that follows unemployment levels closely.

As education levels rise, racial

differences in underemployment decline.

For high school dropouts and high school graduates,

(see Figures 4 and 5) the underemployment rate is

approximately twice as high for African Americans

as it is for whites. However, African Americans with

some college or an Associate’s degree see a much more

significant drop in underemployment compared to high

school underemployment levels (5%), than whites (2%) or

Hispanics (3%) (see Figure 6).

The average underemployment rate for Bachelor’s degreeholders

is 6.2 percent. Whites with Bachelor’s degrees have

a 5.2 percent underemployment rate, while Hispanics and

African Americans are approximately 3 and 4 percentage

points higher, respectively (see Figure 7). Graduate degreeholders

are the least likely to be underemployed – 4.2

percent on average. Similarly educated Hispanics (6.1%)

and African Americans (6%) have marginally higher

rates of underemployment. These racial differences in

underemployment are significantly lower for those with

graduate degrees (see Figure 8).

Underneath the overall level of 9.8

percent underemployment, the

underemployment rate for men is 8.9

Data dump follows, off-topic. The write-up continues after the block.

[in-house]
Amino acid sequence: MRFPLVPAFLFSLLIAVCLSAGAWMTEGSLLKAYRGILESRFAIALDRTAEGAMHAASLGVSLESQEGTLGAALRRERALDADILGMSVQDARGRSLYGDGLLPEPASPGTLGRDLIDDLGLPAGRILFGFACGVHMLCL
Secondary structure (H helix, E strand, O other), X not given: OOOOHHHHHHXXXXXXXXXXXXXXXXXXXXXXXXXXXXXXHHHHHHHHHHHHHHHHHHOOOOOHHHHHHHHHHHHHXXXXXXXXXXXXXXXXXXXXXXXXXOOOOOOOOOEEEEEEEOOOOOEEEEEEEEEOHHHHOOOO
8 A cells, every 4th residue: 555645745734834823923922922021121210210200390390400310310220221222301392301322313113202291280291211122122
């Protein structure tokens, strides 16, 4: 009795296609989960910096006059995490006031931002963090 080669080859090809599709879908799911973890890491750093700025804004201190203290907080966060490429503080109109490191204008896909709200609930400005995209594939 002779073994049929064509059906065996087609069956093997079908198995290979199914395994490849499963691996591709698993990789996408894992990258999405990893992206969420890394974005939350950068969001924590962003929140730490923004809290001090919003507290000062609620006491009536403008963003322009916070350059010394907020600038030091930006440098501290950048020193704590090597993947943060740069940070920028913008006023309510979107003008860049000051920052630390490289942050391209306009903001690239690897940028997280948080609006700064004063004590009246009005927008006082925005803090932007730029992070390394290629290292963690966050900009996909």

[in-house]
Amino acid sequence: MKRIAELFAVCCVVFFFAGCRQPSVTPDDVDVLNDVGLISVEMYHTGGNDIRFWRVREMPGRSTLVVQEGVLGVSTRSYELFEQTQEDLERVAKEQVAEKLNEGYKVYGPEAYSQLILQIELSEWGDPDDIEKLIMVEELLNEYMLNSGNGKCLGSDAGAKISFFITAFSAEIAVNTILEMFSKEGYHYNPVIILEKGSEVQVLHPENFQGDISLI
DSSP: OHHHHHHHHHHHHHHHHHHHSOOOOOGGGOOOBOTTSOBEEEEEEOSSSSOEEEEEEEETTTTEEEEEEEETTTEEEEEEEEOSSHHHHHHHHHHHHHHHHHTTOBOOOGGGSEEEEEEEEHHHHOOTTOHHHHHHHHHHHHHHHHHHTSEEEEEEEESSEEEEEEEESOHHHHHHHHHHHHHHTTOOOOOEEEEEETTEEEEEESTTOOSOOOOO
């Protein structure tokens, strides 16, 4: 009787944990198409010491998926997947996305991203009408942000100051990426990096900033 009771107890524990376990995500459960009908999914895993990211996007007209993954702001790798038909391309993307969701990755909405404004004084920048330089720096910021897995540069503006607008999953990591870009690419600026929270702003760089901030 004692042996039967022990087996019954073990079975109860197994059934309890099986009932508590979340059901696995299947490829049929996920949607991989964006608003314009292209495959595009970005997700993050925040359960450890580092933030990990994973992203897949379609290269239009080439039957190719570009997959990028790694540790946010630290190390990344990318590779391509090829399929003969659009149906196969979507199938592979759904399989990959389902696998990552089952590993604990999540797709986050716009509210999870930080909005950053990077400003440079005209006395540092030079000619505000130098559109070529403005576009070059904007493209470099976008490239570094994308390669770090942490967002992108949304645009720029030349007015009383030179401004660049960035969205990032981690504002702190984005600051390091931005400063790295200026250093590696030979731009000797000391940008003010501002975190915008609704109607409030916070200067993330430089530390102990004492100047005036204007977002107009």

percent and 11.1 percent for women.

Men suffered more than women in the recession

from underemployment. The underemployment rate

for men in 2010 was 18.2 percent in 2010, higher

than the rate for women. Now, however, men have

underemployment rates that are two percentage points

lower than women. Although men had a relatively higher

underemployment rate than women during the recession,

the underemployment rate for men with sub-baccalaureate

credentials fell much more sharply than the rate for

similarly-qualified women. Women with graduate degrees,

however, made the fastest recovery compared to women

with lower education levels.

Hispanics have an underemployment rate (12.6%) that is

4 percentage points higher than that of whites while the

underemployment rate of African American’s (16.8%) is 9

percentage points higher than that of whites (see Figure 3).

1 The Bureau of Labor Statistics reports six measures of labor underutilization that vary according to workers’ length of unemployment, labor force status, and full-time or part-time status.